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                            Before the
                Federal Communications Commission
                      Washington, DC 20554


In the Matter of                 )
                                )
TEMPE RADIO, INC.                )    File No. EB-02-IH-0812
                                )    NAL Account No. 
Licensee of Station KUPD(FM),    )    200432080006
Tempe, Arizona                   )    Facility No. 65166
                                )    FRN No. 0007589328
                                )
                                )


           NOTICE OF APPARENT LIABILITY FOR FORFEITURE

   Adopted:  October 6, 2003            Released:  October 7, 
2003

By the Chief, Enforcement Bureau:

                        I.   INTRODUCTION

     1.   In this  Notice of  Apparent Liability  for  Forfeiture 
(``NAL''), we find that,  on October 3,  2002, Tempe Radio,  Inc. 
(``Tempe''),  licensee  of  Station  KUPD(FM),  Tempe,   Arizona, 
apparently willfully violated Section 73.1206 of the Commission's 
rules.1  Based upon our review of the facts and circumstances  in 
this case, and for the reasons discussed below, we conclude  that 
Tempe is  apparently  liable for  a  monetary forfeiture  in  the 
amount of Four Thousand Dollars ($4,000.00).  

                         II.  BACKGROUND

     2.   The Commission received a complaint that, on October 3, 
2002,   Station  KUPD(FM)  broadcast  a  telephone   conversation 
between radio personality  Beau Duran and  Flynn Kile, the  then-
recently widowed wife  of St. Louis  Cardinals' baseball  pitcher 
Darryl Kile.2  According to the  complaint, Mr. Duran called  Ms. 
Kile, who was visiting Phoenix, Arizona, to attend the St.  Louis 
Cardinals-Arizona Diamondbacks playoff game.  Mr. Duran told  Ms. 
Kile that she was ``hot,'' asked her whether ``she had a date for 
Thursday's  game,''  and   broadcast  the  conversation   without 
informing Ms. Kile that the conversation was being aired.  

     3.   After reviewing the  complaint, we issued  a letter  of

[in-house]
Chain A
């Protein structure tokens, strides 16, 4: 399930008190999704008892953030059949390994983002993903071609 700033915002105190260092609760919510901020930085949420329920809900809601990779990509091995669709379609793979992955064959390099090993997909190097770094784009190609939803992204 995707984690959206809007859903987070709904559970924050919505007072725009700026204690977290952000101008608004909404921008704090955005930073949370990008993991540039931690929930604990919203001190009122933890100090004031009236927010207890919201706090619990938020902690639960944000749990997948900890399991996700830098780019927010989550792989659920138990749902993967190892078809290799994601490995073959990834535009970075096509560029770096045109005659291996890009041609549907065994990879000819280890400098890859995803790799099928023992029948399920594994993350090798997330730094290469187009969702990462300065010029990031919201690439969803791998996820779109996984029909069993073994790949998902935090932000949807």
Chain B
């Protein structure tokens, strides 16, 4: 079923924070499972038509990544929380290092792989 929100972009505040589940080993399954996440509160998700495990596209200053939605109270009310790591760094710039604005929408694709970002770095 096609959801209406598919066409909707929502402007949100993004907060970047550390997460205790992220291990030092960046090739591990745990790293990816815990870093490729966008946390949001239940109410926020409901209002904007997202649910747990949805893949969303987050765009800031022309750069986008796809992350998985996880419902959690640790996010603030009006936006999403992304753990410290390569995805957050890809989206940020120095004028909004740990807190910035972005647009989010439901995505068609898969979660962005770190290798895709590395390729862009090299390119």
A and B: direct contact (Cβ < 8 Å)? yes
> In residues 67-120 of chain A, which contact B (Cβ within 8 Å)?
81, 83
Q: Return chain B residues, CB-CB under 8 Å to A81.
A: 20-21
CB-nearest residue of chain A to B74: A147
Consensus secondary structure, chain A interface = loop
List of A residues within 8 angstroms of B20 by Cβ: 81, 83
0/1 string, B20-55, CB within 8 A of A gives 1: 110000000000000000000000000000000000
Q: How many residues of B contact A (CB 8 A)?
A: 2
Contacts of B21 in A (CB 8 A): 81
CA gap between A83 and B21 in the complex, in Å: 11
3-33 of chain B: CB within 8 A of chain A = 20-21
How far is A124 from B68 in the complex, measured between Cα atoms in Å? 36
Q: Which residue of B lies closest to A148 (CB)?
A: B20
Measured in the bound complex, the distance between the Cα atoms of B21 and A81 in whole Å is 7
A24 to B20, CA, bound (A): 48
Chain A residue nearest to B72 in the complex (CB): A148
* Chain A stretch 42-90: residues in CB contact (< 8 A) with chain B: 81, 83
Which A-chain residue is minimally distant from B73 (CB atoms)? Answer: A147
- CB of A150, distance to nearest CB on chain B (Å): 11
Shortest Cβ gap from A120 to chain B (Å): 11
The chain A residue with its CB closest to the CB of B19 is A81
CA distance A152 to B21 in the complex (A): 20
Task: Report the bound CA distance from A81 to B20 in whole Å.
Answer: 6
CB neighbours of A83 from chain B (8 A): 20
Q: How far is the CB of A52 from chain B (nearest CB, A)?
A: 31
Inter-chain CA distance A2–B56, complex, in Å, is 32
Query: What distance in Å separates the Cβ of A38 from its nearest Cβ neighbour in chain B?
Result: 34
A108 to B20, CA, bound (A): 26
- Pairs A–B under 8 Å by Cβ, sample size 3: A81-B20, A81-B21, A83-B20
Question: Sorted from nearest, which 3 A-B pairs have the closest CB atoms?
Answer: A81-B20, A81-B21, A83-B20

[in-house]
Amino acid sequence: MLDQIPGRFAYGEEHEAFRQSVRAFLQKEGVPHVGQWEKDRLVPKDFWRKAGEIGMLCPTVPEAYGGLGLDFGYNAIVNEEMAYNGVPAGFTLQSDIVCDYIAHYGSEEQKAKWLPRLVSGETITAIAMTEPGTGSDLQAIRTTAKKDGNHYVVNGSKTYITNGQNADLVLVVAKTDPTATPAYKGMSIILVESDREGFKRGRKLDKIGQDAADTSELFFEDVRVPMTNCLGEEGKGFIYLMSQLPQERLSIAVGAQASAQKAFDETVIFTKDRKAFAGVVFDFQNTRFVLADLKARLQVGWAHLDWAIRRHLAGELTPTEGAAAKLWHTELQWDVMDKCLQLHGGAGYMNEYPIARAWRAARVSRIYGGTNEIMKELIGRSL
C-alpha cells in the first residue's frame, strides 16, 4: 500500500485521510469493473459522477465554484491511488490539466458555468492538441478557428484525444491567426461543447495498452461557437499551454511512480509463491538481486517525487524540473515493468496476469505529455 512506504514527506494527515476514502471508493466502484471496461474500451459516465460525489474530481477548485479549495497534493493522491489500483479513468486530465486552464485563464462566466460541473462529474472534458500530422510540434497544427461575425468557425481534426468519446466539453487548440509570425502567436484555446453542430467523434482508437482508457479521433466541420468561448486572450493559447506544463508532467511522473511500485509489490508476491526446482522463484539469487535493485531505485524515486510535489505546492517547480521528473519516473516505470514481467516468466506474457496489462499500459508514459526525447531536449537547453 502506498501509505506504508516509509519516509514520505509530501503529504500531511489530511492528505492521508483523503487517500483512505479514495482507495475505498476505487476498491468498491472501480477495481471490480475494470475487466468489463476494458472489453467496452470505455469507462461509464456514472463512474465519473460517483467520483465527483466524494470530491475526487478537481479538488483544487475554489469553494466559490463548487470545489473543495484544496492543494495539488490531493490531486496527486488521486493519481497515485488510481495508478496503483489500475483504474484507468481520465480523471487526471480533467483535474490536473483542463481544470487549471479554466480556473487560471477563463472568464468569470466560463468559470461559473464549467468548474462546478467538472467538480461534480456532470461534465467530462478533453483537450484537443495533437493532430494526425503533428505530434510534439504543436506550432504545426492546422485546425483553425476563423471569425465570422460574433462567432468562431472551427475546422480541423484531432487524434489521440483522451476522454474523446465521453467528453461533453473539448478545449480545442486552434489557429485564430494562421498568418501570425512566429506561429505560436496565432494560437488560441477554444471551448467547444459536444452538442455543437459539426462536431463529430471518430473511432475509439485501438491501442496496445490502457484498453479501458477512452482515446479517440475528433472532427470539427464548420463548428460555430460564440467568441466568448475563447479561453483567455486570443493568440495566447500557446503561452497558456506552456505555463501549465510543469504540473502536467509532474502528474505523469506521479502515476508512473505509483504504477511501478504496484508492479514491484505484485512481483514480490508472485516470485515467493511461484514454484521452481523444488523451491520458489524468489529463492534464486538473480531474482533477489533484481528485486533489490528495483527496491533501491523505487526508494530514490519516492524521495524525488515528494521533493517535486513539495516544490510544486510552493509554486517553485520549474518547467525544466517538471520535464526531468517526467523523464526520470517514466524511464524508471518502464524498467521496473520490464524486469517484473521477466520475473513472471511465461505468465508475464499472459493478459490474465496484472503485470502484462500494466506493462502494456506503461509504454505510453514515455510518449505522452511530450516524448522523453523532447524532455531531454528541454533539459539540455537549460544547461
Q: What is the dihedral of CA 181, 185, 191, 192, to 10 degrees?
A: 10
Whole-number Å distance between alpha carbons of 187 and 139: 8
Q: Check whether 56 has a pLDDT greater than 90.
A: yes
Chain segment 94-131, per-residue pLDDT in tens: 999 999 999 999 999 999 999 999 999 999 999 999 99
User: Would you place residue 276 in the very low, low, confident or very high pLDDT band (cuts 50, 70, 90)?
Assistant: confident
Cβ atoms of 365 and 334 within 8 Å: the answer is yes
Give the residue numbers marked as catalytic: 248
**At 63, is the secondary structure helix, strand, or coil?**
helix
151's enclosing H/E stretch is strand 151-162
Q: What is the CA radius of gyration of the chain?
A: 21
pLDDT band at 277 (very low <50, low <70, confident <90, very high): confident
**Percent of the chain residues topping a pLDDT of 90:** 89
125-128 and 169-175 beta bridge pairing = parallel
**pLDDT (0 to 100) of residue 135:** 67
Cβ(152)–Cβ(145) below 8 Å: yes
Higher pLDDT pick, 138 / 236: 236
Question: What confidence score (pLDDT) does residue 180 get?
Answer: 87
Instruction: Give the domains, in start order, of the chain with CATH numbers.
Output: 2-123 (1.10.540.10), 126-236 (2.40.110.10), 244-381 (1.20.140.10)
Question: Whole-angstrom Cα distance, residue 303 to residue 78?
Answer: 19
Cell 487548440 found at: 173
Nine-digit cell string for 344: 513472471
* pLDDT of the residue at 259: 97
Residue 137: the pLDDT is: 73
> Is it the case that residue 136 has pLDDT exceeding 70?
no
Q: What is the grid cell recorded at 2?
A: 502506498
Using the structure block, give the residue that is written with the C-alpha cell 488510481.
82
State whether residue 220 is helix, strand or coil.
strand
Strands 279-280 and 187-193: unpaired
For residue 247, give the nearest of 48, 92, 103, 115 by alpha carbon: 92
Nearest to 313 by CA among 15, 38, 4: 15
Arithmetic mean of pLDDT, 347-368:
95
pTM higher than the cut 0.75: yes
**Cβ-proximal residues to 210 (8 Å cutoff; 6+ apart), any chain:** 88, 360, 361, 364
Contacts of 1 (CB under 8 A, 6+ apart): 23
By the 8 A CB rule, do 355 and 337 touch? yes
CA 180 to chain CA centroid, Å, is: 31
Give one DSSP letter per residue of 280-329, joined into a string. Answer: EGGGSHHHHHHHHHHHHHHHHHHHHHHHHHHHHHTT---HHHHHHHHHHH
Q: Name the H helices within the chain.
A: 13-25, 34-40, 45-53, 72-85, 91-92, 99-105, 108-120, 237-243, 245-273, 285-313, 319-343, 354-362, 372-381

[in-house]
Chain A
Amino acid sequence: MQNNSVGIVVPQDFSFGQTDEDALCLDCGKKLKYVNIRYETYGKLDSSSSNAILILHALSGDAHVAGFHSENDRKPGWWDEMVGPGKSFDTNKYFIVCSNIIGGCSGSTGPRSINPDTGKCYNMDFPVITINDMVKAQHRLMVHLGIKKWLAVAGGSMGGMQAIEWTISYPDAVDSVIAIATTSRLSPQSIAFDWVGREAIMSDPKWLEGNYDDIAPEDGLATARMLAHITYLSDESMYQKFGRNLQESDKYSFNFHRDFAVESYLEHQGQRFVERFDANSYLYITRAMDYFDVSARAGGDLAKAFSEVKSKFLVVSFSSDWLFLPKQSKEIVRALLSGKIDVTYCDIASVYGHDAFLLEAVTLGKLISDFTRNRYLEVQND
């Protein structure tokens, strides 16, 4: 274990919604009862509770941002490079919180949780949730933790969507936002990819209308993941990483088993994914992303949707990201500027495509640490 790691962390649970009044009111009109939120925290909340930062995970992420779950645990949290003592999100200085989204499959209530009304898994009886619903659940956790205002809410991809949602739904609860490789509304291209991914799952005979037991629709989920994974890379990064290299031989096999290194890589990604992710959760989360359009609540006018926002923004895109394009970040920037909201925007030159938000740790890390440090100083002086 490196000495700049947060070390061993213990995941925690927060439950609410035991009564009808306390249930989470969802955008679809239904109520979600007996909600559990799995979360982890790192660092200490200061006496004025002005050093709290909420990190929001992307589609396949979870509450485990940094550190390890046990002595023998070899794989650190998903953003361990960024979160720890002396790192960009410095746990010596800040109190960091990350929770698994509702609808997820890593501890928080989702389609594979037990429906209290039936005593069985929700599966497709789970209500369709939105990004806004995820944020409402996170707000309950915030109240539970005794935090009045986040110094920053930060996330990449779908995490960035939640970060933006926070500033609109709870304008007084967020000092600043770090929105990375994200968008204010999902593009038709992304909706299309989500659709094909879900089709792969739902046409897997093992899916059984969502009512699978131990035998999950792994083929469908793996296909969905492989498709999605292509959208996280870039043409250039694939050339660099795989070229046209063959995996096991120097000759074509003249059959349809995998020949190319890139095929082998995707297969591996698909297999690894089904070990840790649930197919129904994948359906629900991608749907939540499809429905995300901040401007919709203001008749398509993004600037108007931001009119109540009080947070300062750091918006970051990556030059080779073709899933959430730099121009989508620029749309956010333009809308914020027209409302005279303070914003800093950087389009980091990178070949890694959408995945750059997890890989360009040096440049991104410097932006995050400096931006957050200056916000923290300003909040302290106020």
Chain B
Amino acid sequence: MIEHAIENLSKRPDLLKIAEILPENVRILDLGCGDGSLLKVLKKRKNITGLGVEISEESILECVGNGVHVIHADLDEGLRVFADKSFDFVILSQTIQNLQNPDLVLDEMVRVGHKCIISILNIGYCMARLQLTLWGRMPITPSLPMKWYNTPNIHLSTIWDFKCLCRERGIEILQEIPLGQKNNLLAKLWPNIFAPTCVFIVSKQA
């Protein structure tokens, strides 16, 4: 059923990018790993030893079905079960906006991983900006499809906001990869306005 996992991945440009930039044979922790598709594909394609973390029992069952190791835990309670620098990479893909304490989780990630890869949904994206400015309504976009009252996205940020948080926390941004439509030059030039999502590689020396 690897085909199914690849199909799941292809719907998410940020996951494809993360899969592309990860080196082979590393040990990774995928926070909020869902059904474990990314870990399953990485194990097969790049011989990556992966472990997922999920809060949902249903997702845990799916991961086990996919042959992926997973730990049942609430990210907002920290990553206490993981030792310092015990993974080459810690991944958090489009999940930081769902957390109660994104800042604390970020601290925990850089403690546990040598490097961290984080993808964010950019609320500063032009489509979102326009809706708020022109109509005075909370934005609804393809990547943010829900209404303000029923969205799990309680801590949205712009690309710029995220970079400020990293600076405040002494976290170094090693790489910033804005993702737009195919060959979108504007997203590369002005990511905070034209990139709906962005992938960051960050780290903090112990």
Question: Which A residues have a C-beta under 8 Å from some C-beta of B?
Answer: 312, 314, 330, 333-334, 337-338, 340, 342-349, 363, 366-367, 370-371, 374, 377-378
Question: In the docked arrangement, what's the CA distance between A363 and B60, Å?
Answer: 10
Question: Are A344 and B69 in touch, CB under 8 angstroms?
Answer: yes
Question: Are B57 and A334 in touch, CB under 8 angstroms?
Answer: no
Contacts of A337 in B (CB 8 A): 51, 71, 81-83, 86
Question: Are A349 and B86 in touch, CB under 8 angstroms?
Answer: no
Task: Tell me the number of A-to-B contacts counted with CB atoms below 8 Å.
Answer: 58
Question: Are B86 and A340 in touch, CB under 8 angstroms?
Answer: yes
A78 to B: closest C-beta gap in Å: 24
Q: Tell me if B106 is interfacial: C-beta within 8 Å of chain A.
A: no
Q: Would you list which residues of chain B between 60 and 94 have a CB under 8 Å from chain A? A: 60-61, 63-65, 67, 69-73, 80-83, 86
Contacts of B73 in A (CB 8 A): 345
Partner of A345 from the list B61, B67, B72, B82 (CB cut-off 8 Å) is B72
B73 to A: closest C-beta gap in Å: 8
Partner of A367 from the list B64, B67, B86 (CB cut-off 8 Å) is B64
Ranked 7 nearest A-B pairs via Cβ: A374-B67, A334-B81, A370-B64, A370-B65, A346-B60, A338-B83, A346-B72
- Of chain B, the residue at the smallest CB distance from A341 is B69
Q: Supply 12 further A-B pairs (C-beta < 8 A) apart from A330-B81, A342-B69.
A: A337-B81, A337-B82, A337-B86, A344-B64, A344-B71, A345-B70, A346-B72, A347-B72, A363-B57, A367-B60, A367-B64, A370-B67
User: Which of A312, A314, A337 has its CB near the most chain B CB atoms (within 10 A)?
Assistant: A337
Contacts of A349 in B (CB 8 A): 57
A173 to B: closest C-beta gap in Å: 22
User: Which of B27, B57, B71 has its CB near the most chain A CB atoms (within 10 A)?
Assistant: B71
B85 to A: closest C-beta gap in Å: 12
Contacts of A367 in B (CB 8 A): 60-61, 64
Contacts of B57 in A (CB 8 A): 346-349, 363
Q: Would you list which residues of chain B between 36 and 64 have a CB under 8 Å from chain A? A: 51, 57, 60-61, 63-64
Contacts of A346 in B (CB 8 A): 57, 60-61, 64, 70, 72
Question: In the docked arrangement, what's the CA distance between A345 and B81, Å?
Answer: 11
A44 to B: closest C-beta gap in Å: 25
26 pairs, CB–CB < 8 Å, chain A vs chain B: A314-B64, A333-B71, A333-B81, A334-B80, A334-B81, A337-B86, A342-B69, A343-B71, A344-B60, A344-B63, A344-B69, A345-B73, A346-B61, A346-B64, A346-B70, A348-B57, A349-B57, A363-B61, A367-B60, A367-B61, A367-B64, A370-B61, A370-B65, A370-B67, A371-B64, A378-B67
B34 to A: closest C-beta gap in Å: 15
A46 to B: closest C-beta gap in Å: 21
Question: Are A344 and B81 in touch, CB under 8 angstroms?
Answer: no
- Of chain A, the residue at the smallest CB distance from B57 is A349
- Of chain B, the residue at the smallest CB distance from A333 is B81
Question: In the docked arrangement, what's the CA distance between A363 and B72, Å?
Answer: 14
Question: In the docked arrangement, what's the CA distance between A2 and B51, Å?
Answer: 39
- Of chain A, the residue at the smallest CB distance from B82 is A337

inquiry to Tempe.3 We asked the licensee whether Station KUPD(FM) 
had broadcast a telephone conversation or had recorded and  later 
replayed such a conversation between Mr. Duran and Ms. Kile,  and 
whether  station   personnel   had  provided   Ms.   Kile   prior 
notification  that  they  intended   to  air  the   conversation.  
Additionally,  we  asked  the  licensee  to  provide  any   other 
pertinent details that would explain or clarify the matter.  

     4.   In its  response  to  our  letter  of  inquiry,4  Tempe 
admitted that Station KUPD(FM)   broadcast live the  conversation 
between Mr.  Duran and  Ms.  Kile, on  October 3,  2002.    Tempe 
stated  that  ``the  entire  broadcast  of  the  telephone  call, 
including a brief exchange with  the hotel operator, lasted  less 
than 45 seconds,'' that ``Mr. Duran's conversation with Ms.  Kile 
lasted less  than 25  seconds,'' that  the conversation  was  not 
rebroadcast, that Mr. Duran  had initiated the  call and that  he 
was the  only station  employee to  speak with  Ms. Kile.   Tempe 
further admitted  that  Mr.  Duran never  gave  notice  that  the 
telephone conversation would be or was being aired.  As a  result 
of the October 3 broadcast, Tempe stated that on October 4, 2002, 
it suspended Mr. Duran,  that on October  7, 2002, it  terminated 
his employment  and also  circulated a  memorandum reminding  its 
employees  of  the  requirement  to  inform  parties  that  their 
conversation will  be simultaneously  broadcast or  recorded  for 
later  broadcast  and  warning   them  that  violation  of   this 
requirement  would  result  in  ``immediate  termination.''5   In 
reply, the  complainant claimed  that  Tempe had  terminated  Mr. 
Duran only because of the ``public outcry'' and ensuing notoriety 
the broadcast engendered, and that its ``efforts to adhere to FCC 
Rules seems to have begun seriously only after [his] complaint to 
the FCC and [our] subsequent letter'' to Station KUPD(FM).6

                       III.     DISCUSSION

     5.   Under section 503(b)(1)  of the  Communications Act  of 
1934, as amended (the ``Act''),  7  any person who is  determined 
by the  Commission  to have  willfully  or repeatedly  failed  to 
comply with any provision of the Act or any rule, regulation,  or 
order issued  by the  Commission shall  be liable  to the  United 
States for a  monetary forfeiture  penalty.  In  order to  impose 
such a forfeiture penalty, the Commission must issue a notice  of 
apparent liability, the notice must  be received, and the  person 
against whom the notice has been issued must have an  opportunity 
to show, in  writing, why  no such forfeiture  penalty should  be 
imposed.8  The  Commission will  then issue  a forfeiture  if  it 
finds by  a preponderance  of the  evidence that  the person  has 
violated the  Act or  a Commission  rule.9  As  we set  forth  in 
greater detail below, we conclude under this standard that  Tempe 
is apparently liable  for a forfeiture  for its apparent  willful 
violation of section 73.1206 of the Commission's rules. 

     6.   Section 73.1206 of the Commission's rules provides,  in 
pertinent part:

     Before recording a telephone conversation for broadcast 
     . . . a licensee shall inform any party to the call  of 
     the licensee's intention to broadcast the conversation,